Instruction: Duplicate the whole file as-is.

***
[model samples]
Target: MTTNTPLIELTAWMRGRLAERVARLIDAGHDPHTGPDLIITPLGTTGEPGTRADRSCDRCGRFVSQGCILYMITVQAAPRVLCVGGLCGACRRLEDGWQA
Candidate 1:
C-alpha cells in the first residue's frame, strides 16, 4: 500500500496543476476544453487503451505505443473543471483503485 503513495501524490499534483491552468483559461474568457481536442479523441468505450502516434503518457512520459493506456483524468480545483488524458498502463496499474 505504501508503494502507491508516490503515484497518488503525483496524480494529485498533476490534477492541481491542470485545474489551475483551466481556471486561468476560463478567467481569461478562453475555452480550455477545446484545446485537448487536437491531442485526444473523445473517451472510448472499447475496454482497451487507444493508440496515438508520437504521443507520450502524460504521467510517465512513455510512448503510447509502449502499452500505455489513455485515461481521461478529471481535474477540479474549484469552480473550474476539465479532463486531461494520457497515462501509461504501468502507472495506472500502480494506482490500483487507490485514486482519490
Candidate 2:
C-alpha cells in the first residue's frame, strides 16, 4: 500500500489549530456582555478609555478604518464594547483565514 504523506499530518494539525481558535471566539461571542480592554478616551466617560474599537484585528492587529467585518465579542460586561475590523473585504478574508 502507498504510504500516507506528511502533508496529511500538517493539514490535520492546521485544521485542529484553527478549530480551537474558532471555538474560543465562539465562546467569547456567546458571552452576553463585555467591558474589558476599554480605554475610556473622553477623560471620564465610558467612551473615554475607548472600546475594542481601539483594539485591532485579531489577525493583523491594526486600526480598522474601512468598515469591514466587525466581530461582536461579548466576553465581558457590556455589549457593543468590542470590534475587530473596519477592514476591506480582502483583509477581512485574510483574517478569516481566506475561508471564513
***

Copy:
[model samples]
Target: MTTNTPLIELTAWMRGRLAERVARLIDAGHDPHTGPDLIITPLGTTGEPGTRADRSCDRCGRFVSQGCILYMITVQAAPRVLCVGGLCGACRRLEDGWQA
Candidate 1:
C-alpha cells in the first residue's frame, strides 16, 4: 500500500496543476476544453487503451505505443473543471483503485 503513495501524490499534483491552468483559461474568457481536442479523441468505450502516434503518457512520459493506456483524468480545483488524458498502463496499474 505504501508503494502507491508516490503515484497518488503525483496524480494529485498533476490534477492541481491542470485545474489551475483551466481556471486561468476560463478567467481569461478562453475555452480550455477545446484545446485537448487536437491531442485526444473523445473517451472510448472499447475496454482497451487507444493508440496515438508520437504521443507520450502524460504521467510517465512513455510512448503510447509502449502499452500505455489513455485515461481521461478529471481535474477540479474549484469552480473550474476539465479532463486531461494520457497515462501509461504501468502507472495506472500502480494506482490500483487507490485514486482519490
Candidate 2:
C-alpha cells in the first residue's frame, strides 16, 4: 500500500489549530456582555478609555478604518464594547483565514 504523506499530518494539525481558535471566539461571542480592554478616551466617560474599537484585528492587529467585518465579542460586561475590523473585504478574508 502507498504510504500516507506528511502533508496529511500538517493539514490535520492546521485544521485542529484553527478549530480551537474558532471555538474560543465562539465562546467569547456567546458571552452576553463585555467591558474589558476599554480605554475610556473622553477623560471620564465610558467612551473615554475607548472600546475594542481601539483594539485591532485579531489577525493583523491594526486600526480598522474601512468598515469591514466587525466581530461582536461579548466576553465581558457590556455589549457593543468590542470590534475587530473596519477592514476591506480582502483583509477581512485574510483574517478569516481566506475561508471564513